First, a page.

The National Federation of Independent Business was founded in 1943 and is the largest small business association in the U.S. The NFIB collects data from small and independent businesses and publishes their Small Business Economic Trends data on the second Tuesday of each month. The Index is a composite of 10 components based on expectations for: employment, capital outlays, inventories, the economy, sales, inventory, job openings, credit, growth and earnings.
Here is what the Small Business Economic Trends data released on February 9th reported:
“The NFIB Optimism Index declined in January to 95.0, down 0.9 from December and three points below the 47- year average of 98. Owners expecting better business conditions over the next six months declined seven points to a net negative 23%, the lowest level since November 2013. The net percent of owners expecting better business conditions has fallen 55 points over the past four months.”
Small Businesses Looking to Hire
As reported in the NFIB monthly jobs report, small business owners are looking to hire, and reported a very strong two month trend in hiring (December and January).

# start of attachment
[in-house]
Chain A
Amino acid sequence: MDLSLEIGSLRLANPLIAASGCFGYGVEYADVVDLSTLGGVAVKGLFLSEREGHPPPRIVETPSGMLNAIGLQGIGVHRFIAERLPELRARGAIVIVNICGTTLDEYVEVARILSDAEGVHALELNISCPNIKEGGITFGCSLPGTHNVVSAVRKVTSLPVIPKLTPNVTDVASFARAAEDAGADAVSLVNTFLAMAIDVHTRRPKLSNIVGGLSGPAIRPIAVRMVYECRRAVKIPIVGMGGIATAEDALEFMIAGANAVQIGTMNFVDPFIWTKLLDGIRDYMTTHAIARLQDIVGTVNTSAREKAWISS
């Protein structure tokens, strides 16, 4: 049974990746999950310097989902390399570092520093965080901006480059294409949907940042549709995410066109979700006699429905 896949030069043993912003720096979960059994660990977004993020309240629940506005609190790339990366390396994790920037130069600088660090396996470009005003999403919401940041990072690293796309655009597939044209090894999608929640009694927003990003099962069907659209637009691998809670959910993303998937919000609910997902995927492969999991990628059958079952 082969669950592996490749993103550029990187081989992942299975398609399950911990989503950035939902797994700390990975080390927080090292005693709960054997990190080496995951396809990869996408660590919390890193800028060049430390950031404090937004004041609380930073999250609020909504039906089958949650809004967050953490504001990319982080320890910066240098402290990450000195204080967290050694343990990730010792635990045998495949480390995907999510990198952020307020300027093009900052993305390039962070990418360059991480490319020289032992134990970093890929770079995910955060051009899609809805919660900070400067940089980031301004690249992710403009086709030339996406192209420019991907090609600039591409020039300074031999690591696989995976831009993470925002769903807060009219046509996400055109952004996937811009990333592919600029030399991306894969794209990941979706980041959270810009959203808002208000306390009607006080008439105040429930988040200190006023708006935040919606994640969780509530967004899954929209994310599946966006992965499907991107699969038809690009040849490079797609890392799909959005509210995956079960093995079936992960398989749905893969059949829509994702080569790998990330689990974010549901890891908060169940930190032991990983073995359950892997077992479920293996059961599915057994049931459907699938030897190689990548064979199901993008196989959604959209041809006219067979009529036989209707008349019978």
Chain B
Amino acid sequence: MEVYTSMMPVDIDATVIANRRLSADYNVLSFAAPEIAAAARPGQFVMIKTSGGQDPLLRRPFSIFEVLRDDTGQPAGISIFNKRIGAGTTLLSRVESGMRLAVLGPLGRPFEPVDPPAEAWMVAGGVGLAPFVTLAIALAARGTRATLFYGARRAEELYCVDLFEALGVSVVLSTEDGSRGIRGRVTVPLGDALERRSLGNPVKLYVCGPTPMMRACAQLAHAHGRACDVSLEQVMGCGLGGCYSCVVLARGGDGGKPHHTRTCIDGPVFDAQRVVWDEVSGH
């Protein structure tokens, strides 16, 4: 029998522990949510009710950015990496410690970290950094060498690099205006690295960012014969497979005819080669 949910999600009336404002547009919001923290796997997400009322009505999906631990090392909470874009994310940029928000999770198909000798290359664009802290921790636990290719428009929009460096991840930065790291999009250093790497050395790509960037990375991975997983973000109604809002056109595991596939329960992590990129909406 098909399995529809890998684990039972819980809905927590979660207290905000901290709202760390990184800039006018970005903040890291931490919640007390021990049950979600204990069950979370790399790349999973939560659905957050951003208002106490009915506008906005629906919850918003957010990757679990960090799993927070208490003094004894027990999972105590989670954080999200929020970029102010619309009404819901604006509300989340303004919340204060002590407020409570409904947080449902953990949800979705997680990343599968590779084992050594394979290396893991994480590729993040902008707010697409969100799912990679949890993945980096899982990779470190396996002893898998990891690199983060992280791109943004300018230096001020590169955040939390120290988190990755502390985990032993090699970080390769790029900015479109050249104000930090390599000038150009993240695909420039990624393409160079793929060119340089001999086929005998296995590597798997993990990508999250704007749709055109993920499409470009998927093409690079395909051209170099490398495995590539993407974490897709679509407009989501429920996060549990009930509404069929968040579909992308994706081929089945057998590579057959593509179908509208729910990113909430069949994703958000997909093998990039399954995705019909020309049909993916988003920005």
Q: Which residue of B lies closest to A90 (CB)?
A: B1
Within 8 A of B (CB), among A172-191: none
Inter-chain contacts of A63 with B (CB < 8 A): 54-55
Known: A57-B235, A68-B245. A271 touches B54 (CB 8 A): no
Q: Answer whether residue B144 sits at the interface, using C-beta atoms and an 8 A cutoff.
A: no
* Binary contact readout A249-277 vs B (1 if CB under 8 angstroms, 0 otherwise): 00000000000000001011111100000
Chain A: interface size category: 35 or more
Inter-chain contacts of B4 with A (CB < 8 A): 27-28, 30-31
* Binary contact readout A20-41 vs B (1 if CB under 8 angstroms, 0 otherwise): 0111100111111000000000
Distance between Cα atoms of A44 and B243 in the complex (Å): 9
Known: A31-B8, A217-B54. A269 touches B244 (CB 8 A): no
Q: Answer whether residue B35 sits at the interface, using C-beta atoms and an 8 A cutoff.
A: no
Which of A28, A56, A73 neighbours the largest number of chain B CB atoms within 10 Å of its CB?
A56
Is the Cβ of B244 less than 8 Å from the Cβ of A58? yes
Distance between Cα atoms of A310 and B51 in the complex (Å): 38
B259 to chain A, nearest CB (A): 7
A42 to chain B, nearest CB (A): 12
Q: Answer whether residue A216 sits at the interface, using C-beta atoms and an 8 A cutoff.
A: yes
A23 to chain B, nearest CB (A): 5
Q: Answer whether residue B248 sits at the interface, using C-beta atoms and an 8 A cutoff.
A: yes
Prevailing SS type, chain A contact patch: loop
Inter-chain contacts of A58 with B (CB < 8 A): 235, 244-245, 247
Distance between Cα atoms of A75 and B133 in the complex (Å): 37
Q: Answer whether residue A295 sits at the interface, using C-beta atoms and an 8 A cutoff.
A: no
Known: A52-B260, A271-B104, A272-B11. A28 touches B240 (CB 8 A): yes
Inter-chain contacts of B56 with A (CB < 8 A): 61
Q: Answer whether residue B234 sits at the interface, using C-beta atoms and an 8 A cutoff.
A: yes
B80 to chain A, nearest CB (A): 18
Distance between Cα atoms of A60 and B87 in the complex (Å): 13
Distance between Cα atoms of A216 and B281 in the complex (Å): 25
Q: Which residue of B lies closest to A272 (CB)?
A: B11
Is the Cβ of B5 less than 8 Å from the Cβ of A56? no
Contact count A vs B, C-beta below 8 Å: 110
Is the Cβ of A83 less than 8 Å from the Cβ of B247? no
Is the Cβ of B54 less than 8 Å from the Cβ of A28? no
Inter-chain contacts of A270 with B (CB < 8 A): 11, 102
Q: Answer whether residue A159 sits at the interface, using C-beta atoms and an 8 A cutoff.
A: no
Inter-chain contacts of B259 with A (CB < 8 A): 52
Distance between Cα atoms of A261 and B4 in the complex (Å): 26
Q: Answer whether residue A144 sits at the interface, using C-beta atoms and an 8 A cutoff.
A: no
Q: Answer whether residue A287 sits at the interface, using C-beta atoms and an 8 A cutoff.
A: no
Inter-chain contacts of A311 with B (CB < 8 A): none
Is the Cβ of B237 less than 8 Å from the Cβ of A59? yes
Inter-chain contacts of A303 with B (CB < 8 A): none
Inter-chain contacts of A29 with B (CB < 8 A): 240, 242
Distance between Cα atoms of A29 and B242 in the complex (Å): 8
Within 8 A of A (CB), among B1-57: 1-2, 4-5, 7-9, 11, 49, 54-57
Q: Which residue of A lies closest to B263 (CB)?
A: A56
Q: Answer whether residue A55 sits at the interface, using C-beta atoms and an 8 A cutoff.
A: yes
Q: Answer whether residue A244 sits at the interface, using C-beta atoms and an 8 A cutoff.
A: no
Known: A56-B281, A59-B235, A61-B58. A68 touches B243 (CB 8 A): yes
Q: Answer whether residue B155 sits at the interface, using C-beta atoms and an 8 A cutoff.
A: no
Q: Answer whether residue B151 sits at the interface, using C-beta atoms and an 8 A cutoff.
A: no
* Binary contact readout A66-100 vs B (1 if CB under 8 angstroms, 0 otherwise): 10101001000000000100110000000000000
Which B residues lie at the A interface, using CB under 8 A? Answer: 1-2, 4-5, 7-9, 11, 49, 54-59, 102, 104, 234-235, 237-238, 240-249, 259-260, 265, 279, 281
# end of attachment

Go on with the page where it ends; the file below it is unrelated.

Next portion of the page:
Firms increased employment by 0.36 workers per firm on average over the past few months, up from 0.30 in December, a good 2-month performance. However, the hiring remains uneven geographically and by industry.
Fifty-one percent of owners reported hiring or trying to hire in January, unchanged from December. Owners have plans to fill open positions, with a seasonally adjusted net 17% planning to create new jobs in the next three months.
92% of Small Businesses Fear $15 Minimum Wage
According to an NFIB member poll, 92% of small businesses say a $15 per hour minimum wage would be harmful to Main Street and its job opportunities.
“Companies listed on Wall Street may support a much higher minimum wage because it would give them a competitive advantage, but a hike would make it that much harder for Main Street to even continue to exist.”
Further, NFIB Research suggests that the $15 per hour federal minimum wage would cause:
- 6 million jobs lost – 57% at small businesses
- 700,000 jobs lost at the smallest firms
- 165,000 jobs lost in the restaurant industry
- 162,000 jobs lost in the retail trade industry
- 85,000 jobs lost in the administrative and support services industries
- $2 trillion reduction in real economic output
- Nearly $1 trillion reduction in real GDP
- $103 billion reduction in personal disposable income
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